[1]

. Training was done by splitting the original training dataset into training set (80%) and test set (20%) for 100 epochs with batch size of 2. Therefore, 1000 MR volumes are used to train the model while 251 MR volumes were used as test set.

4.1.3 Inference

The BraTS 2021 validation dataset contains 219 MR volumes and synapse portal conducts the evaluation. In the inference phase, the original volume re-scaled using min-max scaling followed by clipping intensity values and cropped to

before feeding to the saved 3D UNet model.

4.2 Performance Evaluation

Segmentation accuracy of three classes (i.e., ET, TC and WT) are evaluated during training and inference. Both qualitative and quantitative analysis is performed to evaluate the model accuracy.

Class   Hausdorff Distance  Dice Score  Sensitivity  Specificity
Enhanced Tumor (ET) 21.8296 81.3898 83.3949 99.9695
Tumor Core (TC) 8.5632 85.3856 85.0726 99.9745
Whole Tumor (WT) 5.3686 90.7654 92.0858 99.9107
Table 1: Validation Phase Results.
Dice Similarity Coefficient
Hausdorff Distance
Figure 3:

The box and whisker plots of the distribution of the segmentation metrics for Validation Phase Results. The box-plot shows the minimum, lower quartile, median, upper quartile and maximum for each tumor class. Outliers are shown away from lower quartile.

Axial View Coronal View Sagittal View
Figure 4: Validation Phase Results for the Sample BraTS202100190. Here, green, yellow and gray represents the Whole tumor (WT), Enhancing Tumor (ET) and Tumor Core (TC) classes respectively. (Dice (ET) = 97.2585, Dice (TC) = 99.1492, Dice (WT) = 97.5753 )

4.2.1 Evaluation Matrices

The learning model is evaluated using four matrices (1) Dice Srensen coefficient (DSC), (2) Hausdorff Distance, (3) Sensitivity and (4) Specificity.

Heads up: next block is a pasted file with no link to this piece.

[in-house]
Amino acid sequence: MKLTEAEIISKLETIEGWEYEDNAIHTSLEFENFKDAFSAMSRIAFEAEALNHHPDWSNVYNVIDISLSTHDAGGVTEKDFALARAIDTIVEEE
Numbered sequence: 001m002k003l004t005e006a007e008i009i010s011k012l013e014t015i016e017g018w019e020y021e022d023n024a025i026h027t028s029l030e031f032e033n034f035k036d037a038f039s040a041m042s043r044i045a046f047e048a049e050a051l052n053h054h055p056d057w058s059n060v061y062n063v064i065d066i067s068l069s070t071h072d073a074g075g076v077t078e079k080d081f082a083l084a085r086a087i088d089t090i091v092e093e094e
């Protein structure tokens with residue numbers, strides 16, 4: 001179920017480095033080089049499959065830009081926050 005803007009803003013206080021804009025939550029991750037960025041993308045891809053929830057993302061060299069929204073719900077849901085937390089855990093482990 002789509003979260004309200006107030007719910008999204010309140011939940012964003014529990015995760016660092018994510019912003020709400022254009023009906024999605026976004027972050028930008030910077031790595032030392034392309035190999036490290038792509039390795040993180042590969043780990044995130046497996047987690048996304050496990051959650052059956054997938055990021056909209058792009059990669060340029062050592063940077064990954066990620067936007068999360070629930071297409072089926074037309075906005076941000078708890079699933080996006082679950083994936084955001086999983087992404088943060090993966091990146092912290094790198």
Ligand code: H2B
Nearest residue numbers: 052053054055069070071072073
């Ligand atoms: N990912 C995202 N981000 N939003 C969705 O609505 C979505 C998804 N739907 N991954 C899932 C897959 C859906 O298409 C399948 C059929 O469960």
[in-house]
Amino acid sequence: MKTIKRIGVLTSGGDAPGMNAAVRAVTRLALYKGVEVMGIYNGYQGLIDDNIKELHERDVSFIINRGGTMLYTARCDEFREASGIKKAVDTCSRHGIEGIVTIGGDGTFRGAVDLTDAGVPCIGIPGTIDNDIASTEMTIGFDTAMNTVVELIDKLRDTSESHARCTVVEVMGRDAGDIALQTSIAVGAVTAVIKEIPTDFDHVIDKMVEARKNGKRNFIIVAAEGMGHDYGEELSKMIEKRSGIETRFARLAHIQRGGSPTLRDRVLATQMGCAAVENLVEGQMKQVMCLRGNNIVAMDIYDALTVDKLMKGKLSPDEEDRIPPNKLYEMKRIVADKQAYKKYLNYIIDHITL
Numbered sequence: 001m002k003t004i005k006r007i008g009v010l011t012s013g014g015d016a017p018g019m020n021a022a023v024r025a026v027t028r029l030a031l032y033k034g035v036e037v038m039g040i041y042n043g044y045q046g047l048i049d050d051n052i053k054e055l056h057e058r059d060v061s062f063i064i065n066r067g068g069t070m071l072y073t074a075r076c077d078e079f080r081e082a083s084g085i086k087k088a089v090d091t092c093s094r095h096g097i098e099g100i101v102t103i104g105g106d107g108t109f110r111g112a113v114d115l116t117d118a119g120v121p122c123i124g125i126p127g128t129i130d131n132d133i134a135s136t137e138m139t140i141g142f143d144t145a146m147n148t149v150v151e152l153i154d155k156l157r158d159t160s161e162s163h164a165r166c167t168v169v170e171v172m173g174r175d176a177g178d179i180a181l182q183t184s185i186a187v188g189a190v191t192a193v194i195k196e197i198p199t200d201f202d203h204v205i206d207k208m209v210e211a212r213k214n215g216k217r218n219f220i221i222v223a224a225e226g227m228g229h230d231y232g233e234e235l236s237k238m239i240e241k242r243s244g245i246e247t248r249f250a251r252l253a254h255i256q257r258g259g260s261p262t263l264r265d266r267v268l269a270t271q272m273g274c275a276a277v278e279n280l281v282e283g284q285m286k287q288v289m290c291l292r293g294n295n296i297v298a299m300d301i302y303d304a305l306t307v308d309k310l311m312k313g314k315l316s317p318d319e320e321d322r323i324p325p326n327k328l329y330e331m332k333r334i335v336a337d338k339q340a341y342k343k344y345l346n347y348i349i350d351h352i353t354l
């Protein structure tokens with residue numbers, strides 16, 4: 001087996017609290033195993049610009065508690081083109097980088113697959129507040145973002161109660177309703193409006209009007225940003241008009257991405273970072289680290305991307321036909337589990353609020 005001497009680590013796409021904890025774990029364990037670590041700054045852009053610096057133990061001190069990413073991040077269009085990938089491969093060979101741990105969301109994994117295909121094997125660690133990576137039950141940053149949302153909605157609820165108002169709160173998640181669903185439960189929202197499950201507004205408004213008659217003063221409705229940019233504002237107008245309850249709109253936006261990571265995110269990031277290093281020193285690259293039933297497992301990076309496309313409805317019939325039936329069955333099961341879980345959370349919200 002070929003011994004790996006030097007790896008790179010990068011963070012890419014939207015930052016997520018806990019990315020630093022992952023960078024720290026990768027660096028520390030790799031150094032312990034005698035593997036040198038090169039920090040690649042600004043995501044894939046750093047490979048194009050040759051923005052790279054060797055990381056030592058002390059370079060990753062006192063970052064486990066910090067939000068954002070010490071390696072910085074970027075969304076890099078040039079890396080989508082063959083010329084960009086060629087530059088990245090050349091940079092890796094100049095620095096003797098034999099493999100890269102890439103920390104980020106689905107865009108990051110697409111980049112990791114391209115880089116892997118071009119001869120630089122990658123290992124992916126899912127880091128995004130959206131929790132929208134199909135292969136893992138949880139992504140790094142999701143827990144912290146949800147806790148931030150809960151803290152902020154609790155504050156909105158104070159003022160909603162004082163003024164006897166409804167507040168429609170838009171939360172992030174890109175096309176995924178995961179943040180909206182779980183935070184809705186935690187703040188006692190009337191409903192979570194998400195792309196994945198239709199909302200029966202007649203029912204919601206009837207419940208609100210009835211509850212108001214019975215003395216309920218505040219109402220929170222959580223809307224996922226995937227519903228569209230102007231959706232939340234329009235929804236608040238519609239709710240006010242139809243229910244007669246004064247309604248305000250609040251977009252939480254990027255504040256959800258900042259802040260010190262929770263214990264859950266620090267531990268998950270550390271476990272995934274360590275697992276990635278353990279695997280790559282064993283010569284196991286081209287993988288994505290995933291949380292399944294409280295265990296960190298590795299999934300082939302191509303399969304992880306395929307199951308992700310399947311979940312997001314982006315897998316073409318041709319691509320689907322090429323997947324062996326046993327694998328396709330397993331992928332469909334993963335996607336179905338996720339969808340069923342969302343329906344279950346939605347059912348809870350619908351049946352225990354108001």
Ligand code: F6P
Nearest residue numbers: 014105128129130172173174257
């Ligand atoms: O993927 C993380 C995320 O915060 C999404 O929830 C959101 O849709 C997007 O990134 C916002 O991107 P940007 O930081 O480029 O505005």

4.2.2 Validation Phase Experimental Results

The quantitative and qualitative results during validation phase for the proposed approach is shown in Table 1 Fig. 3 and Fig. 4. It is noticeable that, the proposed framework helps in identifying fine predictions successfully.

4.2.3 Testing Phase Experimental Results

Our final evaluation results on the testing dataset are shown in Table 2. Compared to validation phase results, it can be seen that average of Dice Similarity Scores for tumor sub regions is improved during testing phase.

Class   Hausdorff Distance  Dice Score  Sensitivity  Specificity
Enhanced Tumor (ET) 13.4802 84.5530 88.0258 99.9680
Tumor Core (TC) 16.9814 85.3010 87.7660 99.9637
Whole Tumor (WT) 6.3239 90.4583 92.1467 99.9161
Table 2: Testing Phase Results.

5 Conclusion

In this work, we demonstrate a simple and effective way to improve training of 3D U-Net by reciprocal adversarial learning. Our approach extends the VAT method, making the segmentation network robust to adversarial perturbations, by generating adversarial examples and adapt min-max approach adapting GAN architecture. Our experiments showed that the virtual adversarial training and uncertainty guidance help to encourage the performance of the segmentation network.